When we started NextView Ventures, we deliberately took time during our first offsite together to define a shared sense of “Ethos” which we are going to use as guiding principles in building our firm. All five of them (Authentic, Blank Canvas, Golazo, Invited Guest, & Tribe) we’ve listed on our website since it went live a little more than a year ago, and my partners in recent blog posts have discussed in more detail two qualities of our Ethos, Invited Guest and Golazo. As we dig deeper into the remaining characteristics, I wanted to talk a little about what we mean by “Tribe.”
Our website’s page on Tribe starts with the statement, “Building and investing in great companies is not a solo sport.” And we subscribe to the concept of Tribe to address that truism. Merriam Webster defines tribe as “a group of persons having a common character or interest.” For us, we’ve joined a number of Tribes which are part of our Ethos.
First, we consider our NextView partnership to be a Tribe. The three of us strive to have our behavior and interactions with entrepreneurs exhibit that common character which we share, as Rob talked about in our Invited Guest post. But the concept of Tribe also extends beyond a sense of responsibility we have when we’re meeting with new entrepreneurs; it includes how we act as a cooperative partnership. All venture capital partnerships fall along a spectrum where on one pole are individual contributors hunting on a shared platform, to the other end where the partners act in unison a real team. At NextView, we aim to be on the far end of the latter side. This stance translates from the language we use, as well as how we act (which Rob has detailed in a previous post). And most importantly, we make investment decisions as a team, and we then stand by them as a unified team. That means that even when an investment decision itself is contentious, once a company becomes part of our portfolio, all of us act in 110% support of it regardless of how we felt about the original selection. There is no second-guessing or I-told-you-so’s whenever any of these startups face (inevitable) challenges. We are instead a Tribe with equal common interest of striving to help make each one of our portfolio companies a success.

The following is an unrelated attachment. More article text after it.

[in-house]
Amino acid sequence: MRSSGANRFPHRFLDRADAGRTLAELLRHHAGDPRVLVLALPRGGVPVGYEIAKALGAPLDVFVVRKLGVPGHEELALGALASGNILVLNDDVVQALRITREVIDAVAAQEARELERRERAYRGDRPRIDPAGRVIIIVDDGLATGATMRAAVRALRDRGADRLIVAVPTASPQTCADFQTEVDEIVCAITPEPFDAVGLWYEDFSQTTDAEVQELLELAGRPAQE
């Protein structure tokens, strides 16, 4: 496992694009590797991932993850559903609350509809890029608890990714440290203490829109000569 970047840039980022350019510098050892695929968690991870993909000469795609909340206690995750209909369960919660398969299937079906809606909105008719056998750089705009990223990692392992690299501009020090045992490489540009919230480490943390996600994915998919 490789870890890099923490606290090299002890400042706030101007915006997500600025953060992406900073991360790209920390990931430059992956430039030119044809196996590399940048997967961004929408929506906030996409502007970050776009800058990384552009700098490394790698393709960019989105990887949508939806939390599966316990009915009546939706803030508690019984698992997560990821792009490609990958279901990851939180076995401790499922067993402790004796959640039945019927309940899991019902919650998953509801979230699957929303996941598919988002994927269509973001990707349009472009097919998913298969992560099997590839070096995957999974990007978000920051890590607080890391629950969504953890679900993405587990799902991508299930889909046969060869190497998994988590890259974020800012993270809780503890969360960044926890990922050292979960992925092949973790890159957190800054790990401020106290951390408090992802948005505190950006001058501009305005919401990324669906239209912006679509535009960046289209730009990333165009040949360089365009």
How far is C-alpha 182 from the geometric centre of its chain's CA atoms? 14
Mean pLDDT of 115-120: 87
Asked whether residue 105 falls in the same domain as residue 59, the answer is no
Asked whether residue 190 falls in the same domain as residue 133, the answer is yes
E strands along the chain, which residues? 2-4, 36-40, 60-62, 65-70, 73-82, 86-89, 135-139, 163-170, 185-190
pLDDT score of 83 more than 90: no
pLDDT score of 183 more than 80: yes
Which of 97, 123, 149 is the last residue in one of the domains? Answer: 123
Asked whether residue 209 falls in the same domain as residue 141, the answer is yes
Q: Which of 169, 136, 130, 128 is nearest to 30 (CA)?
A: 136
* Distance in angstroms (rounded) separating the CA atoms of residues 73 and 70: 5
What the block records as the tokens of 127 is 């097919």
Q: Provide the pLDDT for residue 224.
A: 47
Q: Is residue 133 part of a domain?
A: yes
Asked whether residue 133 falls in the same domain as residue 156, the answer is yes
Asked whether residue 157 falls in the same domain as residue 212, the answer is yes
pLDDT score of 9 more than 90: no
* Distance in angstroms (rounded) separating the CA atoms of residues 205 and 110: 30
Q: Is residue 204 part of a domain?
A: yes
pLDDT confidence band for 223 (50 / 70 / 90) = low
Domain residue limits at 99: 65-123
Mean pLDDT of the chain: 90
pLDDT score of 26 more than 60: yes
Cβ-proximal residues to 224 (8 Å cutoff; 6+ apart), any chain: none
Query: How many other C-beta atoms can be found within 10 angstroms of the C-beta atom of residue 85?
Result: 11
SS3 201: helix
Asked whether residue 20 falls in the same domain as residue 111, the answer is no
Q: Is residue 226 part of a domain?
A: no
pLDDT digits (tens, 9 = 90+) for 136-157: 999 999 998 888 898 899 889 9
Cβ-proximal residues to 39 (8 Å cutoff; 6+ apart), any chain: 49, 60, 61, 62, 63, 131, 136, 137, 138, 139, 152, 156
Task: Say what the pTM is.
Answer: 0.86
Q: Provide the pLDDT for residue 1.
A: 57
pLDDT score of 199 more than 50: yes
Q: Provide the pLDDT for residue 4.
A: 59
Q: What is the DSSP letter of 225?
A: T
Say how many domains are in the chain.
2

So the sense of Tribe, then, extends beyond our partnership to our family of entrepreneurs with whom we work. Rob, Lee, and I actively become involved operationally with each and every one of our investments, especially at the seed stage. And through internal collaboration tools and forums we’ve introduced, Founders and CEOs of NextView portfolio companies help each other out with advice, support, and connections. It’s been enriching to see multiple instances where portfolio companies have assisted each other in the pursuit of good for the entire NextView Tribe.
Lastly, we at NextView consider ourselves to be part of a greater Tribe within the entrepreneurial web and mobile community. It is a belief that it is our responsibility not just be participants in, but rather active contributors to the overall ecosystem. This belief translates into all three of us engaging in activities that aren’t necessarily tied to just finding our next investment, but instead to really enhancing the overall entrepreneurial landscape. For example, in the past year, we have partnered with, spoken at, or participated in events/organizations at Harvard, MIT, Babson, Northeastern, BC, BU, MassChallenge, Dogpatch Labs, TechStars, Betaspring, Bostinno, General Assembly, and the Web Innovators Group; just to name a few. It’s these and the other many smaller but impactful things we do to contribute which lead us to consider ourselves part of the greater Tribe.
For us, the idea of Tribe is really a set of concentric circles – expanding from our partnership, to our portfolio family, to the broader community. In each area, we look to pursue that common interest in fostering every group.